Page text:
Switch to ADA Accessible Theme
Close Menu
Home > Healthcare Law > Medicare Fraud Defense > Unbundling Defense

California Unbundling Defense Lawyer

Unbundling occurs when the various components of a medical procedure are billed separately to Medicare, but the entire procedure was supposed to be billed as one procedure under one billing code. Sometimes the various parts of a procedure are performed separately, so it is proper to bill them separately. Other times, billing staff might make a mistake and overbill Medicare by separately billing different parts of the procedure when they shouldn’t. The government might not see it as a simple mistake, however. They might see it as Medicare fraud instead. The consequences can be severe for you and your medical practice, putting you at risk of civil enforcement proceedings or criminal prosecution, which could cost you untold monetary penalties, suspension or loss of your medical license, reputational harm, or years in prison.

See below to learn more about the practice and perils of unbundling medical services, and call the Law Offices of Art Kalantar in Beverly Hills if you are being investigated or prosecuted for healthcare fraud based on unbundling or other coding errors. Our healthcare law practice defends people charged with unbundling offenses in Los Angeles and statewide, so call our experienced California unbundling defense lawyer today for a free case evaluation and immediate help.

How Unbundling Errors Can Happen

Healthcare providers receive a large part of their revenue through reimbursement for services from Medicare and Medicaid (Medi-Cal in California). To standardize the reporting and billing of medical services to Medicare and Medicaid (and private payers like insurance companies as well), the American Medical Association (AMA) created a system of codes known as Current Procedural Terminology (CPT) codes. These codes cover every billable procedure imaginable, and the list of codes is enormous. What’s more, the list of CPT codes is constantly changing. New codes get added every year as new services appear, some old codes disappear, and the codes for existing procedures get reorganized and reclassified.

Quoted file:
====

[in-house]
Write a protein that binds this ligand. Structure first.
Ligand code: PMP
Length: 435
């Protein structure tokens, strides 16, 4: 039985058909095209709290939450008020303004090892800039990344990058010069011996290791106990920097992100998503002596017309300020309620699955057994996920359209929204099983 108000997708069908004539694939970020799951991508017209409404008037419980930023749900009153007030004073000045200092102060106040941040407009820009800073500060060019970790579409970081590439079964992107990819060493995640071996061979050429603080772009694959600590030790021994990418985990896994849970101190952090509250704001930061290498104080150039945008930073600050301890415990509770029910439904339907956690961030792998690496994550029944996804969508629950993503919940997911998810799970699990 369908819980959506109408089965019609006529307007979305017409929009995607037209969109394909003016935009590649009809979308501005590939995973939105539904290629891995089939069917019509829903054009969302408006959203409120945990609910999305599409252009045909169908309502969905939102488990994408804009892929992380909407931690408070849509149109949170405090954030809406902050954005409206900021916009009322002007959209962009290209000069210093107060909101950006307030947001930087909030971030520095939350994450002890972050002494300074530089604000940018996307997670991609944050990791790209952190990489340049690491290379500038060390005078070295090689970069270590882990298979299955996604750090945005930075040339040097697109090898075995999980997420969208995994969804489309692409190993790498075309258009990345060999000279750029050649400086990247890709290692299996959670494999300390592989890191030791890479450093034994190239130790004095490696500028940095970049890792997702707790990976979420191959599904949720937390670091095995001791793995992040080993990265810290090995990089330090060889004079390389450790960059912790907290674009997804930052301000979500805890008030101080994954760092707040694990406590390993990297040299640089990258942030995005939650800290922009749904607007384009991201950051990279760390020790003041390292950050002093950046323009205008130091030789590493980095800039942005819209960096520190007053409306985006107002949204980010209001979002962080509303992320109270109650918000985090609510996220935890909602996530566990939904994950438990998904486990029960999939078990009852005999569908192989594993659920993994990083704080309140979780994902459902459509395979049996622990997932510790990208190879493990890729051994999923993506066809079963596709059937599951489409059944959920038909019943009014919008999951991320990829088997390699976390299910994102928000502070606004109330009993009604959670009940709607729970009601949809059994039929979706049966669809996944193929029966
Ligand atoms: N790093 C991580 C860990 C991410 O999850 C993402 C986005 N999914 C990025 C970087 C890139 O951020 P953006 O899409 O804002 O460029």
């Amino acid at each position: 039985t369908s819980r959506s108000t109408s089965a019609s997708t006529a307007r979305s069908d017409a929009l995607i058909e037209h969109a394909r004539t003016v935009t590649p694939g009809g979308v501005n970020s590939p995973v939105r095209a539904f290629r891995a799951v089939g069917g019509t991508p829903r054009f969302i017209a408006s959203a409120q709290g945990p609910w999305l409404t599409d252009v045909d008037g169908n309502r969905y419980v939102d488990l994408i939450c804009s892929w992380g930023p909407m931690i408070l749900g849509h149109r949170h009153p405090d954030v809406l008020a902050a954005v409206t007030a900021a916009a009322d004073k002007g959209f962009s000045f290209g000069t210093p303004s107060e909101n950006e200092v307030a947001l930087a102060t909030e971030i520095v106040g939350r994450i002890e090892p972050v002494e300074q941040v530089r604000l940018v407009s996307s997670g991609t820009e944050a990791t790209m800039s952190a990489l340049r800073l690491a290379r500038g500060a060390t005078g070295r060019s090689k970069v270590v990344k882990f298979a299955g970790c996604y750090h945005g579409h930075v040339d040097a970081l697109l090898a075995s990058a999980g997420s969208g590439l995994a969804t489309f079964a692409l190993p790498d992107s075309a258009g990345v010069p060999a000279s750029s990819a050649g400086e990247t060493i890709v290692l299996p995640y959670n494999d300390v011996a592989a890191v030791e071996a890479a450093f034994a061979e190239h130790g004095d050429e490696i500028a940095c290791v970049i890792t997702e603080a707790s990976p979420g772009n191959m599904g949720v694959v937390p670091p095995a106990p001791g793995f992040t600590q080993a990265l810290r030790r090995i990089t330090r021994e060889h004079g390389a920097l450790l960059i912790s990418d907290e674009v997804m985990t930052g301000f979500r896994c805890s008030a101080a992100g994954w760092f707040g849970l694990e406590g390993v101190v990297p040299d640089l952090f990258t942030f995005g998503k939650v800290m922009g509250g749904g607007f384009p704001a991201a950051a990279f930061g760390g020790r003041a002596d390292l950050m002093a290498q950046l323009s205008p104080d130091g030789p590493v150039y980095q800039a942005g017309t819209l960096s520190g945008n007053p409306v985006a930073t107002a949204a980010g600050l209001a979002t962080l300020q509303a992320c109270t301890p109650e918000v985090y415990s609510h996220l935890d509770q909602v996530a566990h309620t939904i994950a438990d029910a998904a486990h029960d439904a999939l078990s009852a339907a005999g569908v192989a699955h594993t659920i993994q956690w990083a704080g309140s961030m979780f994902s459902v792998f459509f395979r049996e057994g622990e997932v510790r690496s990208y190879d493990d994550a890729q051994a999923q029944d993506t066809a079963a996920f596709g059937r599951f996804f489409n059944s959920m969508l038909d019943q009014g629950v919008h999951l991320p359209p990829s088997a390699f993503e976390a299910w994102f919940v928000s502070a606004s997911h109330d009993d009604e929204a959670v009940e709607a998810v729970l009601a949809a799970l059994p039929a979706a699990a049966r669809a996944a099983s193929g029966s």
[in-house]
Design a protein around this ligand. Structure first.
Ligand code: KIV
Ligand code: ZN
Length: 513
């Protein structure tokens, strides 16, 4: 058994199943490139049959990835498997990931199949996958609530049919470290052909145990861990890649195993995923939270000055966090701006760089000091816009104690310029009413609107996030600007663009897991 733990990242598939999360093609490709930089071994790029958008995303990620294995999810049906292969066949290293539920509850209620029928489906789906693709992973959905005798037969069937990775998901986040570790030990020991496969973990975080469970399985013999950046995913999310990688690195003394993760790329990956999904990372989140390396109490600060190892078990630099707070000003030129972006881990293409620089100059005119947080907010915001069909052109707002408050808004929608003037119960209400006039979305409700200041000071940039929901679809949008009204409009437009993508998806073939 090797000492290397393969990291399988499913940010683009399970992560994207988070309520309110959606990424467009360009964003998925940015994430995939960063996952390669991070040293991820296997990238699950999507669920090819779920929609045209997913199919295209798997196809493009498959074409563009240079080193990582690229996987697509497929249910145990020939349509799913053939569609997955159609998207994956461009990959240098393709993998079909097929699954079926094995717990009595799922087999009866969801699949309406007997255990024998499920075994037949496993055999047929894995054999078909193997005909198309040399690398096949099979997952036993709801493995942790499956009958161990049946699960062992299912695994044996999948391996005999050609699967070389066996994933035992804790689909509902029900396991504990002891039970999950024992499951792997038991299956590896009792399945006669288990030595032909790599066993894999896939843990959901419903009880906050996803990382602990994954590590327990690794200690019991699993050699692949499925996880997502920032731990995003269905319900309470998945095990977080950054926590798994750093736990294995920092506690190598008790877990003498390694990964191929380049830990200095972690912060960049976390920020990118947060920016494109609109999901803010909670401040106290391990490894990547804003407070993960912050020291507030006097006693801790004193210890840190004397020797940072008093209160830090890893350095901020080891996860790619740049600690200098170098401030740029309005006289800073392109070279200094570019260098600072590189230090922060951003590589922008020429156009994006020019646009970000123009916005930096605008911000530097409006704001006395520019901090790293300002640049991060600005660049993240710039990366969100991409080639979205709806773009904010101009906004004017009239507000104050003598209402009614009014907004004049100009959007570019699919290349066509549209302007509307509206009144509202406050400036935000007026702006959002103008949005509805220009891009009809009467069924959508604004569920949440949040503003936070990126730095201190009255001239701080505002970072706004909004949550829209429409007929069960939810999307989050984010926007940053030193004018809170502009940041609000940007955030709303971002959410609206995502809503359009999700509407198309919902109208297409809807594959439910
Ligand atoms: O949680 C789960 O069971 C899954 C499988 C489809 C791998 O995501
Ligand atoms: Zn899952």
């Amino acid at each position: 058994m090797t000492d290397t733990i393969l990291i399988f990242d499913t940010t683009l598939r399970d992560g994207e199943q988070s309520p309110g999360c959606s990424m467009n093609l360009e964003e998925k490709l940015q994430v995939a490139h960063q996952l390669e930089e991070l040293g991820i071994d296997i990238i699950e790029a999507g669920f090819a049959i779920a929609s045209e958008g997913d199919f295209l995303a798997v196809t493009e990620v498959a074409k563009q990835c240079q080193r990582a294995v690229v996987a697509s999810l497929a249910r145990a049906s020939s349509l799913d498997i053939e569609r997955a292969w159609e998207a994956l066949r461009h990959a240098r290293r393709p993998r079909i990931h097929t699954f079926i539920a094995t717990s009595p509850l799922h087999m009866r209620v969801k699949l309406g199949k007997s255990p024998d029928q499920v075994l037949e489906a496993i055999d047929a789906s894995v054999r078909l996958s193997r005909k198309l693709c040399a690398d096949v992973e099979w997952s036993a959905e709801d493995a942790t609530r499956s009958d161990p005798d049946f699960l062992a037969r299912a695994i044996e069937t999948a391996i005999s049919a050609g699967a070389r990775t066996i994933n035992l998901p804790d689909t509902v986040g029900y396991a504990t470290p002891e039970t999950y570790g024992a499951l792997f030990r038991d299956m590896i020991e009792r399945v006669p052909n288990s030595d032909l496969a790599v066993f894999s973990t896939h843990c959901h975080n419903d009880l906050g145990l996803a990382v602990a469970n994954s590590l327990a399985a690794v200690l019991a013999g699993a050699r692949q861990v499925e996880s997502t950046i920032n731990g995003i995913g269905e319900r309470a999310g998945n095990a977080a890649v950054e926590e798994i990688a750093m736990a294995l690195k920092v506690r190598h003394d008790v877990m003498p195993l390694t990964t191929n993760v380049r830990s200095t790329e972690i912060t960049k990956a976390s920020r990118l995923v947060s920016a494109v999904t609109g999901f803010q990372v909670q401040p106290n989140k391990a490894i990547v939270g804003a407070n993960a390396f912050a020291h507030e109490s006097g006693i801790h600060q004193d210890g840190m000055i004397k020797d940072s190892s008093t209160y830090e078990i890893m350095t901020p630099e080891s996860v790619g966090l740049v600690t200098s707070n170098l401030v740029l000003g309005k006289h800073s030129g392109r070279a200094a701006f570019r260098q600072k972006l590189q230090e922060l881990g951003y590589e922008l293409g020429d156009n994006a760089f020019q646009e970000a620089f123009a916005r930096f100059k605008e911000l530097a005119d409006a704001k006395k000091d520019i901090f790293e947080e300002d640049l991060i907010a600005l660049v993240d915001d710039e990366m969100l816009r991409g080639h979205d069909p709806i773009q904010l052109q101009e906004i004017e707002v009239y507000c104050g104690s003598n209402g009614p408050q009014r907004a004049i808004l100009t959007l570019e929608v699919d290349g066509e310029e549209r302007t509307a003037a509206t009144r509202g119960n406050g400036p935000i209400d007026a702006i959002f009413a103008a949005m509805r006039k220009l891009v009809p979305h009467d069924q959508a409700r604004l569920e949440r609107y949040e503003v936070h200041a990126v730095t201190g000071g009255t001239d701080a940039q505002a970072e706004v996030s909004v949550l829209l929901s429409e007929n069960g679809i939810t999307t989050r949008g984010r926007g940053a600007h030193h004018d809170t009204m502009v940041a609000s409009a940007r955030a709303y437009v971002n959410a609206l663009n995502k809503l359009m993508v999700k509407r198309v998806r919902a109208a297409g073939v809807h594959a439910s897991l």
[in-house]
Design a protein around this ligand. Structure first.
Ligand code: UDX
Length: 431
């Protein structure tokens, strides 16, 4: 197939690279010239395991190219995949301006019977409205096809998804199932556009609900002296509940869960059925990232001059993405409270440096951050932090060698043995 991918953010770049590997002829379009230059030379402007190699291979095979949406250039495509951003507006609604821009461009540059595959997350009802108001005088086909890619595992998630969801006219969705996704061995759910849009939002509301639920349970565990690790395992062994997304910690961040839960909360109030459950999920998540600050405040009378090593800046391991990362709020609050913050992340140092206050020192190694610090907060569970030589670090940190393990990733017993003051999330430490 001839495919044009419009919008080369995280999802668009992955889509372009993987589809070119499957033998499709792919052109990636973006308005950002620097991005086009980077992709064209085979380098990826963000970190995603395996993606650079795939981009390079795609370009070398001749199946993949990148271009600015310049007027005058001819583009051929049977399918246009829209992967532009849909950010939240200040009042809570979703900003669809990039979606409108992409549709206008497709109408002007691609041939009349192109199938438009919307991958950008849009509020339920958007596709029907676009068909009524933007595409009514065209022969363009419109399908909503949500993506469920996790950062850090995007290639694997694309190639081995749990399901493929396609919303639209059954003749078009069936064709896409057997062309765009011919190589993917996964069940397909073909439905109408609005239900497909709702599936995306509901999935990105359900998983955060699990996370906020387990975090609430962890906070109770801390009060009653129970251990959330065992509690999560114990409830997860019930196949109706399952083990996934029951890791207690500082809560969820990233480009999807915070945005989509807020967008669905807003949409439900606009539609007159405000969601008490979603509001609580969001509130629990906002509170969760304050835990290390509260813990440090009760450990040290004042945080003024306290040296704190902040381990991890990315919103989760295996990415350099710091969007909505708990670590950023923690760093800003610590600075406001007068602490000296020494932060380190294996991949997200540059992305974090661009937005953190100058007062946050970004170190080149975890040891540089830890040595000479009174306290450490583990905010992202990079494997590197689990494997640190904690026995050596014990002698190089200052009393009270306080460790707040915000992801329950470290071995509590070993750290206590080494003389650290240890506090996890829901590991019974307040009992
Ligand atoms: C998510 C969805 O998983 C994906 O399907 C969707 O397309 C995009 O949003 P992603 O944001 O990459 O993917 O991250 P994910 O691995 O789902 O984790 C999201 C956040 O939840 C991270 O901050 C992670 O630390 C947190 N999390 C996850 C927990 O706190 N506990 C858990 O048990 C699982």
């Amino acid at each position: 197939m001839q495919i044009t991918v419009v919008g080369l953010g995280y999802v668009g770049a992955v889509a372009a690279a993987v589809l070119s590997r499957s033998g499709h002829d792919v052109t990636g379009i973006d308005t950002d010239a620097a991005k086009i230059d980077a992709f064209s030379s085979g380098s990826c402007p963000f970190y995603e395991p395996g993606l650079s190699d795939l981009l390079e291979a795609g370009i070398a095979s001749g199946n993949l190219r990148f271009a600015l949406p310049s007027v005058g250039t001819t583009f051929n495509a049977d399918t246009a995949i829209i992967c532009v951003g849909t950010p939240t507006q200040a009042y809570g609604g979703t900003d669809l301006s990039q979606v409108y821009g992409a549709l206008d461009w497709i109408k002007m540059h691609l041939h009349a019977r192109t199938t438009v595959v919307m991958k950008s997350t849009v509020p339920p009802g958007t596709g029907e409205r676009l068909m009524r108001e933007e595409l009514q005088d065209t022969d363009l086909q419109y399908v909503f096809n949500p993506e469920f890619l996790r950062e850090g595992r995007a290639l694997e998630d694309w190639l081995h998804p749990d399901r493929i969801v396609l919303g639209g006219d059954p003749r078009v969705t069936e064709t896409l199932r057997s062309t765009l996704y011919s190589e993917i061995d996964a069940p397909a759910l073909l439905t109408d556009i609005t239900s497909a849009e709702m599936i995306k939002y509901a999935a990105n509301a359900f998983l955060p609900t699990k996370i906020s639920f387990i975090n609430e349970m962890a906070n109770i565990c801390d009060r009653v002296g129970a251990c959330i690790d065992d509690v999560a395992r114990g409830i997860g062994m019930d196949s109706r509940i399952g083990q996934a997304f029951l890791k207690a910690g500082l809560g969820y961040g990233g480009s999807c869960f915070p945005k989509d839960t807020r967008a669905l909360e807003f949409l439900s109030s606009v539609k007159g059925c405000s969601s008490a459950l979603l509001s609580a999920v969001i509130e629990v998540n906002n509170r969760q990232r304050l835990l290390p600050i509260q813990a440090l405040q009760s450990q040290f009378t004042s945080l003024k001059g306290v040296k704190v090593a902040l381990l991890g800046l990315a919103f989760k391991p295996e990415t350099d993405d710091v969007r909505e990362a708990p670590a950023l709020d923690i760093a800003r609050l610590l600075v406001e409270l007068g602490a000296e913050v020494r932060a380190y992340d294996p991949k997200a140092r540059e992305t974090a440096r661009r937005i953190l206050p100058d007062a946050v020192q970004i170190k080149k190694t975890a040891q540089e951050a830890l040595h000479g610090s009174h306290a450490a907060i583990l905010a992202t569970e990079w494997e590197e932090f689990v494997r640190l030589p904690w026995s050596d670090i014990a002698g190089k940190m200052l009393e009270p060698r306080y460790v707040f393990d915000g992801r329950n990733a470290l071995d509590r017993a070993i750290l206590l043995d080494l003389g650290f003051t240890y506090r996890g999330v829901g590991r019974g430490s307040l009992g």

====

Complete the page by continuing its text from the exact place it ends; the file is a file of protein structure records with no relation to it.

The AMA revises and updates CPT codes on an ongoing basis; the process never ends. And it’s not just the codes that change; the coding guidelines themselves are continually being revised, changing the way codes are reported and the proper medical terminology and nomenclature to be used. Preventing coding errors at your practice requires that you ensure your billing staff are constantly trained and updated on the most current CPT codes. Whether you have a large, bustling practice or a small billing staff, it’s no wonder that mistakes can slip by.

Unbundling is a special subset of coding mistakes. As mentioned, every procedure imaginable has a CPT code attached to it. Some procedures – most procedures – will involve more than one billable service each with its own code, but the overall procedure itself may have its own code as well. Unbundling occurs when the provider bills for the constituent services rather than using the one code that covers the entire procedure. It’s up to your staff (and ultimately the owner) to know when a procedure is covered by one code that should be used over others in the ever-shifting world of Medicare billing.

Medicare has a system in place to help it catch unbundling mistakes. This system, the National Correct Coding Initiative (NCCI) Edits, is designed to notice when certain codes are billed together that ordinarily should not be. If your practice bills a pair of such codes for the same patient on the same day, the NCCI Edits are intended to catch the error and refuse payment. In most cases, the result will be that the provider will need to resubmit the reimbursement request with the appropriate code. Unfortunately for the provider, this mistake might also get flagged as a fraudulent billing practice, kickstarting an investigation and enforcement action from federal agencies such as the U.S. Department of Justice (DOJ), the U.S. Department of Health & Human Services (HHS), the HHS Office of Inspector General (OIG), and the Centers for Medicare and Medicaid Services (CMS). Members of your own staff might even think the unbundling was done intentionally and fraudulently, leading them to file a False Claims Act (whistleblower) lawsuit on the government’s behalf, with your own employee collecting a portion of any monetary judgment or settlement levied against you.

Get Help From an Experienced California Unbundling Defense Lawyer Today

California healthcare law attorney Art Kalantar is experienced in defending healthcare practices when they are charged with Medicare fraud based on coding errors. Let the Law Offices of Art Kalantar provide you with the advice and representation you need to get keep your license, your practice, your assets and your freedom, and get the best result when faced with a government investigation or prosecution. Call our experienced California unbundling defense lawyer today for a free case evaluation at 310-773-0001.


Share This Page:
Facebook Twitter LinkedIn